(Essex County Archives, Salem -- Witchcraft Vol. 1 Page 106)
The following is Bray's information in "The Great Migration Begins".
FIRST RESIDENCE: Dorchester
REMOVES: Lynn, Salem 1660
CHURCH MEMBERSHIP: "Brave Wilkins" joined the second church at Dorchester on 9 June 1640 [DChR 5]. "Bray Wilkins [and] his wife" joined the Salem church 24 August 1654 [SChR 14]. Bray Wilkins and his wife and others received dismission "that they might be a church of themselves," 10 November 1689 [SChR 169]; this was a step in the formation of the church at Salem Village, later Danvers.
FREEMAN: 14 May 1634 [MBCR 1:369].
EDUCATION: He could sign his name [DTR 106].
OFFICES: Salem tythingman, June 1678 [EQC 7:68]. Lynn constable, 24 June 1656, 1657 [EQC 1:424, 2:36]. Grand jury, 30 November 1658, 28 June 1659 [EQC 2:123, 157]. Petit jury, 24 November 1657 [EQC 2:59].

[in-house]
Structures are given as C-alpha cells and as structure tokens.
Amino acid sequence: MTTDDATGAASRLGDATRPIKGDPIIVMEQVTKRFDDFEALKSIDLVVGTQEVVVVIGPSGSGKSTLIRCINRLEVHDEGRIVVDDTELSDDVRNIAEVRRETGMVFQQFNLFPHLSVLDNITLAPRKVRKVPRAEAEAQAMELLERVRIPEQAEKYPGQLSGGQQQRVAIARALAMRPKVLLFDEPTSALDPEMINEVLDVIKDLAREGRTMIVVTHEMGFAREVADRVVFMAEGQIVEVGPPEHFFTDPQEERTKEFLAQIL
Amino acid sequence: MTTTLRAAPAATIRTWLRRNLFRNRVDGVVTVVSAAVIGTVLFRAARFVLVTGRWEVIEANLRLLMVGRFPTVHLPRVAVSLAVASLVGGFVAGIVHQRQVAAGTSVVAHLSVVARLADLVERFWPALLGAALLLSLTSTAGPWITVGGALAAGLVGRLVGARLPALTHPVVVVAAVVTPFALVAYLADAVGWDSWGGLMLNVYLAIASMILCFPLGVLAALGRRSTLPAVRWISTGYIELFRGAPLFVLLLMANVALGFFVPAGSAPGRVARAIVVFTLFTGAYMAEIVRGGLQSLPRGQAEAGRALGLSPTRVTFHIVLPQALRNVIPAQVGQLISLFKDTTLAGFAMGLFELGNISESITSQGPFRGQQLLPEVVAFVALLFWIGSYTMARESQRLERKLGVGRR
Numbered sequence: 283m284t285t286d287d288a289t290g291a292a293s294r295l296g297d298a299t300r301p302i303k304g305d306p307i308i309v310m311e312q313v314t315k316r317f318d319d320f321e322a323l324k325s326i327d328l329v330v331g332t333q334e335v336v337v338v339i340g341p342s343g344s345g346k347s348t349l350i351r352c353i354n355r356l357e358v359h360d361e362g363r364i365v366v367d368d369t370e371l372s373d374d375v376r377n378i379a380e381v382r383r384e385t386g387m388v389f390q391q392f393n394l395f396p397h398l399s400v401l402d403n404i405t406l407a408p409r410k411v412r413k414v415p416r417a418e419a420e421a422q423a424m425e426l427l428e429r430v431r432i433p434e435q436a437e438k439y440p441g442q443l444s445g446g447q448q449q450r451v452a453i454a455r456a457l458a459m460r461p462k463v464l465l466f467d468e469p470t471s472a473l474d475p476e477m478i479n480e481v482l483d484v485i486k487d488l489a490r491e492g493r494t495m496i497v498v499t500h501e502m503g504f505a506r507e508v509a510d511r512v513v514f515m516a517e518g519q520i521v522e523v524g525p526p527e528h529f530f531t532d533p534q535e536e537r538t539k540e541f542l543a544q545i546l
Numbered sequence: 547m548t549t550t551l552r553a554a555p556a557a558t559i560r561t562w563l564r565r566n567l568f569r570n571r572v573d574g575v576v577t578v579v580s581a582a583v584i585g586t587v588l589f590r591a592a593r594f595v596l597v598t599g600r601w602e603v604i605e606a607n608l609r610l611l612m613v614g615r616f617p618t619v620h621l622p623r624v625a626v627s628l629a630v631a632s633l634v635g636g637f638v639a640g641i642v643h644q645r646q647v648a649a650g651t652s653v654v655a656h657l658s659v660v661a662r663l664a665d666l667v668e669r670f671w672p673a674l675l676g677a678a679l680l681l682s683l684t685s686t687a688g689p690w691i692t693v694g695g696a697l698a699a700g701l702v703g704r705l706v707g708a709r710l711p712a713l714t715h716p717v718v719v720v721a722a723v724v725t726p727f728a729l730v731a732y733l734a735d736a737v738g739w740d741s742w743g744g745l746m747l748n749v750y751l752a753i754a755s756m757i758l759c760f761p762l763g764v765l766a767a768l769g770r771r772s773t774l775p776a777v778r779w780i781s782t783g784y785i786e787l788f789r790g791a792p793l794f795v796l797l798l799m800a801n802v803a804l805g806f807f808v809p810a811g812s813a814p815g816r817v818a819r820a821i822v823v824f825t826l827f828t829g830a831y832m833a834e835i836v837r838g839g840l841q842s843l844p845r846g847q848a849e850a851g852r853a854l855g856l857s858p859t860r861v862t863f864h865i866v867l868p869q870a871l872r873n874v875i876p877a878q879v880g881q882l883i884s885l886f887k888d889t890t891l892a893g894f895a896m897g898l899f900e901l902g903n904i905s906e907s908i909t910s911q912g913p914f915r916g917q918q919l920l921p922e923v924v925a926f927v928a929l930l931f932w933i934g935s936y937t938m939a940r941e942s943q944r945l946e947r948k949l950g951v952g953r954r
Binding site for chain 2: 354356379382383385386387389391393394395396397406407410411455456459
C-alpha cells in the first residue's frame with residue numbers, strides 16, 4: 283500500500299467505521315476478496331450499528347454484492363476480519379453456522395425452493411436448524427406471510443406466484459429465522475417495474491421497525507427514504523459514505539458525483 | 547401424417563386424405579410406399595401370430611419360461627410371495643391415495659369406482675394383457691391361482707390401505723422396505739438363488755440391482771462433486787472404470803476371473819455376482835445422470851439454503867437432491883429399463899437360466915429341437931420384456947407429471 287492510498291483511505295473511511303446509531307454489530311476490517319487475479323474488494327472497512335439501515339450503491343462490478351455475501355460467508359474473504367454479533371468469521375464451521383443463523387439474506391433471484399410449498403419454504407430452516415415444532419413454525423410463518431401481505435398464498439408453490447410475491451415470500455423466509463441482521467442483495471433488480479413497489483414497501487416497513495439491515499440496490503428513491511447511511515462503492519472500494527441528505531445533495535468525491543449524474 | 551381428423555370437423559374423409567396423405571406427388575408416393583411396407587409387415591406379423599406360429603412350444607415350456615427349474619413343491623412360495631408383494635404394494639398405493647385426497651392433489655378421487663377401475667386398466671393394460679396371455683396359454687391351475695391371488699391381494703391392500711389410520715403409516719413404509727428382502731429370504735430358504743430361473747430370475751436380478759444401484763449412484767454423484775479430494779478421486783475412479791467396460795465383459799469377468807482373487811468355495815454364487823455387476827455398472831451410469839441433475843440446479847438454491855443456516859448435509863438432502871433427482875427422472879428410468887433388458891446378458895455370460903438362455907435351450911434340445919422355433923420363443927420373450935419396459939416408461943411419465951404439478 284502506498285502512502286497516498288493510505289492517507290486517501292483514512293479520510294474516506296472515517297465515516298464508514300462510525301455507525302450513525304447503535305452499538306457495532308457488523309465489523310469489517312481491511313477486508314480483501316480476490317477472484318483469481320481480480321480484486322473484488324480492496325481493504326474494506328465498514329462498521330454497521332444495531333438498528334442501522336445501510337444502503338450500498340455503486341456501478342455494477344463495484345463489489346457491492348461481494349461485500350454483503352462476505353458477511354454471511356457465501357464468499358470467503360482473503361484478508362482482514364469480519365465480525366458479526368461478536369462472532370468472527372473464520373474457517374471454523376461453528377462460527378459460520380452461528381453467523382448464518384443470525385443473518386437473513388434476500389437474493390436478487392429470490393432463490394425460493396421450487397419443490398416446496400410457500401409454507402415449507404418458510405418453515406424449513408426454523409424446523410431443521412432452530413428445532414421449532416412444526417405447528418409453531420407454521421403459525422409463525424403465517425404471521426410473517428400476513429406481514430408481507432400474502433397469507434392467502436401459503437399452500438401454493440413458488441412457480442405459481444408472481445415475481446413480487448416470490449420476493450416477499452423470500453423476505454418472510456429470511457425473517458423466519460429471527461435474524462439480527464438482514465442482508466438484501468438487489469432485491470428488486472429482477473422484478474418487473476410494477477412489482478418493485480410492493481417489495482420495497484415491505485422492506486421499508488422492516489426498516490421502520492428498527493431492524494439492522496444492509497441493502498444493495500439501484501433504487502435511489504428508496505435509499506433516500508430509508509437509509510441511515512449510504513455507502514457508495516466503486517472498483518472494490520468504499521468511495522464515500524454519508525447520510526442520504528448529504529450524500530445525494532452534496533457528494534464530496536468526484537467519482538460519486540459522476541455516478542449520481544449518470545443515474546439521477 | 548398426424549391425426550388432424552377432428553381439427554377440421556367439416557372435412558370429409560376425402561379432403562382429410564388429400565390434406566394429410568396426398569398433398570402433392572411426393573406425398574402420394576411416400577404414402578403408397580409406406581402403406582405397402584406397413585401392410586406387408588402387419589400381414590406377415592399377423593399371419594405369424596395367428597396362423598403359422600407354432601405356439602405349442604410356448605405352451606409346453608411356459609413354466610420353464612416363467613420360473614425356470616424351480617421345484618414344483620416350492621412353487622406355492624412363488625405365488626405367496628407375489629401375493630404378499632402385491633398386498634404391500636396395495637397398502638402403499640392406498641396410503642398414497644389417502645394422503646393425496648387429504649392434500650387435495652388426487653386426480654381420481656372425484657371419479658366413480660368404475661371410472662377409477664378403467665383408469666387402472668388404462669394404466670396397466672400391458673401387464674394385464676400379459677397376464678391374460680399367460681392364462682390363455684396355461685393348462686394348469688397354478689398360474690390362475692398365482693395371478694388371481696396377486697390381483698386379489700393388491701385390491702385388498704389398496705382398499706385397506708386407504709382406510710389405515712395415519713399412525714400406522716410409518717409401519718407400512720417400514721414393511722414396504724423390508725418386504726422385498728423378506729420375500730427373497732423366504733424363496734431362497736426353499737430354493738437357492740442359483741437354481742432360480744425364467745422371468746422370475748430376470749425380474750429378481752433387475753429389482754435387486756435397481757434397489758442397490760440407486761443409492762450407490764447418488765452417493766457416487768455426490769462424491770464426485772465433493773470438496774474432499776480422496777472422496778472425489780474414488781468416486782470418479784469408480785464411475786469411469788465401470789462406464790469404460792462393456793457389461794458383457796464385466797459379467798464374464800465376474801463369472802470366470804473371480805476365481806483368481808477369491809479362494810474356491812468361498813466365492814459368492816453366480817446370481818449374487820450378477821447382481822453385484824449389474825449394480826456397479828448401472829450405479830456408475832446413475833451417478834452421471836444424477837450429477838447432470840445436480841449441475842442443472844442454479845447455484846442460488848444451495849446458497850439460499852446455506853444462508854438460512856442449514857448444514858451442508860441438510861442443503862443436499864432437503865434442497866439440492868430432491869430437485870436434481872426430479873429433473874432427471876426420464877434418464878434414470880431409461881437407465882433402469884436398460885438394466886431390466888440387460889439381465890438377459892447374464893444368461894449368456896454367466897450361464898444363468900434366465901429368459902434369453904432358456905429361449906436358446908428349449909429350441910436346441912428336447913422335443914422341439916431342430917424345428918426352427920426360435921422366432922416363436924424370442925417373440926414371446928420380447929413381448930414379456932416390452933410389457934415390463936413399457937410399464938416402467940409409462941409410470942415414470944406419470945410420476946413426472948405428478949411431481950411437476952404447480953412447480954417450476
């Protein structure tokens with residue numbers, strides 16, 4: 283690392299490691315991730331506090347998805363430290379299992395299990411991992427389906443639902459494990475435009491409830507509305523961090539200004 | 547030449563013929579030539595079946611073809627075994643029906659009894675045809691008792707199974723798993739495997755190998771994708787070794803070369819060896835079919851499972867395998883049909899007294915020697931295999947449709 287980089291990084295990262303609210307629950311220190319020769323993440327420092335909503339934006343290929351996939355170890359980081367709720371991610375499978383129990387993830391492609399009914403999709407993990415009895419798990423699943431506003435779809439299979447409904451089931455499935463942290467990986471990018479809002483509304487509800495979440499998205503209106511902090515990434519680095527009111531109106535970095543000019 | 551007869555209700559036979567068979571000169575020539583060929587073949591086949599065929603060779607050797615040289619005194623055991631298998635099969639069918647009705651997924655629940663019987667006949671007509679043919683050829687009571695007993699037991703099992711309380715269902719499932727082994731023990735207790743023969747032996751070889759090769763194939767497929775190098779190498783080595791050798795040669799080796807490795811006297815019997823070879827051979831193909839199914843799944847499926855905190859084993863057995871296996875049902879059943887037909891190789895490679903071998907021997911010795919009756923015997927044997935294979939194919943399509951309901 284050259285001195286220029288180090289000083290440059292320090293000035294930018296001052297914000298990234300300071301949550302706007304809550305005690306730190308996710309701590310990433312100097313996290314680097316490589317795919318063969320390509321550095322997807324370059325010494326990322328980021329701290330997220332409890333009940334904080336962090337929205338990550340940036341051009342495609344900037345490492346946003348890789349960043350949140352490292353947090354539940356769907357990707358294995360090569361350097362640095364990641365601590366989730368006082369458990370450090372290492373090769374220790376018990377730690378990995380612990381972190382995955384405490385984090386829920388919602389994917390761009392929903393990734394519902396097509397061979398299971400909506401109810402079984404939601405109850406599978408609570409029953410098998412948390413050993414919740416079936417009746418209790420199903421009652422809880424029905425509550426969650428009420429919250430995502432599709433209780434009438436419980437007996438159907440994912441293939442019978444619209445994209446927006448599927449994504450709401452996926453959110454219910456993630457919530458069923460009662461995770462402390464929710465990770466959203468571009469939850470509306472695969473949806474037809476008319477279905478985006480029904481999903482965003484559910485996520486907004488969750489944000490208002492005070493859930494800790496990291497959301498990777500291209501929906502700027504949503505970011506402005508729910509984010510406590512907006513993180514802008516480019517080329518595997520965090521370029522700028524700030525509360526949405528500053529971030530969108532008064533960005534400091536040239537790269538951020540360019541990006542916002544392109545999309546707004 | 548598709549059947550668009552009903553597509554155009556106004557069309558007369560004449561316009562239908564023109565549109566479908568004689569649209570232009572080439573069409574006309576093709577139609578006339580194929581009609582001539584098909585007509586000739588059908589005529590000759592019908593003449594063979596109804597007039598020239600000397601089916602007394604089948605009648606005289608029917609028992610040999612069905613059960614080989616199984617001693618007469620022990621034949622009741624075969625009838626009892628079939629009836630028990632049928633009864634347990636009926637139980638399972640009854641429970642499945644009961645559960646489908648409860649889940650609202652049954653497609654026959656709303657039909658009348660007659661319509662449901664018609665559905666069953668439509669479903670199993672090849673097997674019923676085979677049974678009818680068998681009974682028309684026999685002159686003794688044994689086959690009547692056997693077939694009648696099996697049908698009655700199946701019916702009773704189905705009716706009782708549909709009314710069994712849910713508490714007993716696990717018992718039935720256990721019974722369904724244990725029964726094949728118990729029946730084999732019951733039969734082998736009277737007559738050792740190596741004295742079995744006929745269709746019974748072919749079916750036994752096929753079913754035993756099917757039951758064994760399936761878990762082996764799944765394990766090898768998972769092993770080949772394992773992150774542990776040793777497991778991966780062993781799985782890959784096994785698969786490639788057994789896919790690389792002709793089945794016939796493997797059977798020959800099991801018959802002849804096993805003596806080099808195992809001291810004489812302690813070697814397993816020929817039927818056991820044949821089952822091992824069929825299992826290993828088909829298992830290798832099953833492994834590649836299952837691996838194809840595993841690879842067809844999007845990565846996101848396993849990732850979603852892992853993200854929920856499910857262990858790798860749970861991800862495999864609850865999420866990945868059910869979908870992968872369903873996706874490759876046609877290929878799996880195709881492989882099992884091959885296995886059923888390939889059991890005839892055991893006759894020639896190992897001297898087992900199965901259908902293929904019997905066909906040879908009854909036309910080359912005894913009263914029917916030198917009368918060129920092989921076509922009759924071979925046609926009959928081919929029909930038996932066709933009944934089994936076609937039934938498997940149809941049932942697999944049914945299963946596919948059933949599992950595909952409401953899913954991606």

ESTATE: On 2 October 1636 Bray Wilkins was given six acres of upland [DTR 19]. On 16 January 1636[/7] Bray Wilkins was granted one acre on the neck provided he remain in the plantation [DTR 21]. On 2 January 1637[/8] Bray Wilkins was granted an allotment at Mannings Moone [DTR 29], but he received nine acres in lieu of this land near Richard Rocket [DTR 32]. His proportion at the neck was two and three quarters acres and 32 rods and his proportion of cows pasture was 2 and 3/4 acres and 32 rods [DTR 30]. He was ordered to take his proportion at Tomson's Island and given permission to purchase more land convenient for fishing, provided he pay the standard amount to support the school [DTR 40]. On 12 March 1641[/2] Bray Wilkins was to fence fourteen rods at the great lots [DTR 46, 76, 78].
On 9 March 1659[/60] Richard Bellingham of Boston and Penelope his wife sold to "Bray Wilkins of Lynn, husbandman, & John Gingeon of Lynn, taylor," seven hundred acres of land in Salem; on 10 March 1659[/60] Wilkins and Gingeon mortgaged the land back to Bellingham, and the mortgage was eventually cleared [ELR 2:1, 2, 16; see also MBCR 1:240 and ELR 3:182, 4:131]. On 28 November 1662 "Bray Wilkins & John Gingeon of Salem" sold to Major General Daniel Denison one hundred acres of upland and thirty acres of meadow from the above seven hundred acres [ELR 4:90].